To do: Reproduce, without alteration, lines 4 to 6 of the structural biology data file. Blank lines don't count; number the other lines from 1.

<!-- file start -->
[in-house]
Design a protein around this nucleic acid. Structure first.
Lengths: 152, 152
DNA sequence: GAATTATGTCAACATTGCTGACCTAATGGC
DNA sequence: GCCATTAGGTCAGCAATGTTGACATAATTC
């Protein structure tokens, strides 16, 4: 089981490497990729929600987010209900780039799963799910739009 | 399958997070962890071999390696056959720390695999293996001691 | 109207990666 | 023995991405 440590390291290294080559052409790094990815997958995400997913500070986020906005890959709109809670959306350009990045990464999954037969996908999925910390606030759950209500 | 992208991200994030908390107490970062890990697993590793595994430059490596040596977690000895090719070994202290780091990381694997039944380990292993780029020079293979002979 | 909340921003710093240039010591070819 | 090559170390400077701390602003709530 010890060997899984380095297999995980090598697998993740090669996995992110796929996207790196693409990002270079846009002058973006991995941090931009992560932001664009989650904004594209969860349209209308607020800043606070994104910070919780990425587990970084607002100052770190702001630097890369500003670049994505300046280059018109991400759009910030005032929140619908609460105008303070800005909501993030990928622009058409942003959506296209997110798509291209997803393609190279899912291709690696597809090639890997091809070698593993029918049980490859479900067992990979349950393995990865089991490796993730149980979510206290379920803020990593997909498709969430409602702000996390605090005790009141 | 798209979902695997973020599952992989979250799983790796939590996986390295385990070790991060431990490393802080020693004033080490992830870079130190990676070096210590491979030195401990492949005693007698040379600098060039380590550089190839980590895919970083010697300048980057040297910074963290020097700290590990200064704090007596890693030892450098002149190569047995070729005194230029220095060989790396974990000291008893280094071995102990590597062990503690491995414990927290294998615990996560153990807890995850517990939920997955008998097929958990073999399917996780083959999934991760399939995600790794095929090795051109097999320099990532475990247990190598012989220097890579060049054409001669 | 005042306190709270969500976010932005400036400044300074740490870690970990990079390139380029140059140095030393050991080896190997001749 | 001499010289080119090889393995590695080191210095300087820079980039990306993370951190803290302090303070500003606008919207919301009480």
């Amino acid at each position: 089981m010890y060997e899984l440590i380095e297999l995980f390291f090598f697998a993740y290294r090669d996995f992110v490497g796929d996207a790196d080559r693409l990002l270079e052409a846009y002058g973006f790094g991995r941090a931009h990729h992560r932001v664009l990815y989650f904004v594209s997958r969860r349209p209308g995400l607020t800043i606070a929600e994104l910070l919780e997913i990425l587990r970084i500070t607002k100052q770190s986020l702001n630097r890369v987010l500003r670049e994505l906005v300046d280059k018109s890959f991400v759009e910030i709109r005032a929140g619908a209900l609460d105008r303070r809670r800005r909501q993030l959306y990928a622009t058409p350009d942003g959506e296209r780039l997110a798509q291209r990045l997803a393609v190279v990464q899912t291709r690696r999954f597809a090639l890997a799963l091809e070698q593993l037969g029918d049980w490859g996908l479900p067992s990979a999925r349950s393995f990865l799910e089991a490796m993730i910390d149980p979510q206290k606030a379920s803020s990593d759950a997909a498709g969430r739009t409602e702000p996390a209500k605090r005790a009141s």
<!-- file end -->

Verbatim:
DNA sequence: GAATTATGTCAACATTGCTGACCTAATGGC
DNA sequence: GCCATTAGGTCAGCAATGTTGACATAATTC
């Protein structure tokens, strides 16, 4: 089981490497990729929600987010209900780039799963799910739009 | 399958997070962890071999390696056959720390695999293996001691 | 109207990666 | 023995991405 440590390291290294080559052409790094990815997958995400997913500070986020906005890959709109809670959306350009990045990464999954037969996908999925910390606030759950209500 | 992208991200994030908390107490970062890990697993590793595994430059490596040596977690000895090719070994202290780091990381694997039944380990292993780029020079293979002979 | 909340921003710093240039010591070819 | 090559170390400077701390602003709530 010890060997899984380095297999995980090598697998993740090669996995992110796929996207790196693409990002270079846009002058973006991995941090931009992560932001664009989650904004594209969860349209209308607020800043606070994104910070919780990425587990970084607002100052770190702001630097890369500003670049994505300046280059018109991400759009910030005032929140619908609460105008303070800005909501993030990928622009058409942003959506296209997110798509291209997803393609190279899912291709690696597809090639890997091809070698593993029918049980490859479900067992990979349950393995990865089991490796993730149980979510206290379920803020990593997909498709969430409602702000996390605090005790009141 | 798209979902695997973020599952992989979250799983790796939590996986390295385990070790991060431990490393802080020693004033080490992830870079130190990676070096210590491979030195401990492949005693007698040379600098060039380590550089190839980590895919970083010697300048980057040297910074963290020097700290590990200064704090007596890693030892450098002149190569047995070729005194230029220095060989790396974990000291008893280094071995102990590597062990503690491995414990927290294998615990996560153990807890995850517990939920997955008998097929958990073999399917996780083959999934991760399939995600790794095929090795051109097999320099990532475990247990190598012989220097890579060049054409001669 | 005042306190709270969500976010932005400036400044300074740490870690970990990079390139380029140059140095030393050991080896190997001749 | 001499010289080119090889393995590695080191210095300087820079980039990306993370951190803290302090303070500003606008919207919301009480």